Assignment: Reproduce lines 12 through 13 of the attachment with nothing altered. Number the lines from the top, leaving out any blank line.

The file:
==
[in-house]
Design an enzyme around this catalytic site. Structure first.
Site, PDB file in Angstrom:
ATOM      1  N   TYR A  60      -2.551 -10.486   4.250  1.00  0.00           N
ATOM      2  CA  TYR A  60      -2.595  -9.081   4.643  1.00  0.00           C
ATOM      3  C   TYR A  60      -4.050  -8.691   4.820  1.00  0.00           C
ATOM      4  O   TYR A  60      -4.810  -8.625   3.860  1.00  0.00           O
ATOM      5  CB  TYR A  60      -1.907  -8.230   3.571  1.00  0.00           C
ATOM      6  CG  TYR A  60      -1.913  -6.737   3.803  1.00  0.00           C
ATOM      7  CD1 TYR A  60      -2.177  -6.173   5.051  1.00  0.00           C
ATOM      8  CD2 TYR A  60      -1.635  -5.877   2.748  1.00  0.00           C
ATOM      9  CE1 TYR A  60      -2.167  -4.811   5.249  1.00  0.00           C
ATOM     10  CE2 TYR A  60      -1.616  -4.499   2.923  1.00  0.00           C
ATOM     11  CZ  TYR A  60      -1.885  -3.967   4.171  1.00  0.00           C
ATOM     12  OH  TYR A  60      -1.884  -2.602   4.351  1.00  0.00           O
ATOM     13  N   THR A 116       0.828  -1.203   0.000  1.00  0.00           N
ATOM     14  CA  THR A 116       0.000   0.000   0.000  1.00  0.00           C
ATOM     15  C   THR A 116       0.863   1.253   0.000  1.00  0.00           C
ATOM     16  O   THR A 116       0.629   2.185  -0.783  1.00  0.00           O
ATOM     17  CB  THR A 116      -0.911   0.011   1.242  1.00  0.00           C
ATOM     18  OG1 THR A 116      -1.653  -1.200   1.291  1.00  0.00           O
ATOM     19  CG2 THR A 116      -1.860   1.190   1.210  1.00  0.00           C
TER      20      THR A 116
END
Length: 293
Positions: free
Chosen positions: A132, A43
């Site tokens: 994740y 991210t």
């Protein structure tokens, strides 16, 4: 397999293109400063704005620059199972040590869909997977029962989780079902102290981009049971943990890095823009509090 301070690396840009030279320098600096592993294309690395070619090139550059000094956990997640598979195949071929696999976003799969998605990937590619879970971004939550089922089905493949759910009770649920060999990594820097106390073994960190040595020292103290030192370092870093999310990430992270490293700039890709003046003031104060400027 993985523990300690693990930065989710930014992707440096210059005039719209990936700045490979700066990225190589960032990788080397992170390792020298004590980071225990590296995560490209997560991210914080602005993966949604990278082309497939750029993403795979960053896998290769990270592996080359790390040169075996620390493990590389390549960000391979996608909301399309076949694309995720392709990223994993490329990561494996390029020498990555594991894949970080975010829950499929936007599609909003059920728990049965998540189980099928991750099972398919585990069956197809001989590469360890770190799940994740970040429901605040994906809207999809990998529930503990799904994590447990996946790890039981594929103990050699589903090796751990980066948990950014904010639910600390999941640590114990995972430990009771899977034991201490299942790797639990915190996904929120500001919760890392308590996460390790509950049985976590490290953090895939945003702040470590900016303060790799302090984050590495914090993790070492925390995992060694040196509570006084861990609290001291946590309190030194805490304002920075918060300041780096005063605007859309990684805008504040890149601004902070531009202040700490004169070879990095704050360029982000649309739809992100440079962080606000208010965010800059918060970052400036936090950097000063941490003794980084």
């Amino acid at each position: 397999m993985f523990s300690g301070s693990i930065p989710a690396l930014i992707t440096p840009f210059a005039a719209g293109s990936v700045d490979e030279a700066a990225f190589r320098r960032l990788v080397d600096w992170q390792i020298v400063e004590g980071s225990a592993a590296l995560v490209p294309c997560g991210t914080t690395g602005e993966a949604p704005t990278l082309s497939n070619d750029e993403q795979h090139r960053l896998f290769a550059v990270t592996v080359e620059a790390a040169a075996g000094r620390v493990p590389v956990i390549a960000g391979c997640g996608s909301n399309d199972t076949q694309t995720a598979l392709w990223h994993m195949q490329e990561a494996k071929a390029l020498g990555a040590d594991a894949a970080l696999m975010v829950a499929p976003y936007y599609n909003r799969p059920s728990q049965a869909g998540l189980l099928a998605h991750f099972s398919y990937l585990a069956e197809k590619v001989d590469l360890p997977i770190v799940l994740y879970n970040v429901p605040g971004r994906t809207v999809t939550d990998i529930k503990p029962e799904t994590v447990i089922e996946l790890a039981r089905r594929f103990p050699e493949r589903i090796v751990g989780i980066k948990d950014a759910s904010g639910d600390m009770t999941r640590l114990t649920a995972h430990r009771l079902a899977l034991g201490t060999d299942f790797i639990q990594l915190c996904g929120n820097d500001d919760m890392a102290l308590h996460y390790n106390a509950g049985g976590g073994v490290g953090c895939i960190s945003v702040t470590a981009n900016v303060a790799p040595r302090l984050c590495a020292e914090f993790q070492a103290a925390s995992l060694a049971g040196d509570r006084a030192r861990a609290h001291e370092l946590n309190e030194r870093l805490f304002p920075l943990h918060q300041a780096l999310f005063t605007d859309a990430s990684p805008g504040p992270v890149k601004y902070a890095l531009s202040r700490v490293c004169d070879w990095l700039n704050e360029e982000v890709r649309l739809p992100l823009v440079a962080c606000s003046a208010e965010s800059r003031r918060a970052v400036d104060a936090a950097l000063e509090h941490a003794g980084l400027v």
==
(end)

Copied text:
ATOM      9  CE1 TYR A  60      -2.167  -4.811   5.249  1.00  0.00           C
ATOM     10  CE2 TYR A  60      -1.616  -4.499   2.923  1.00  0.00           C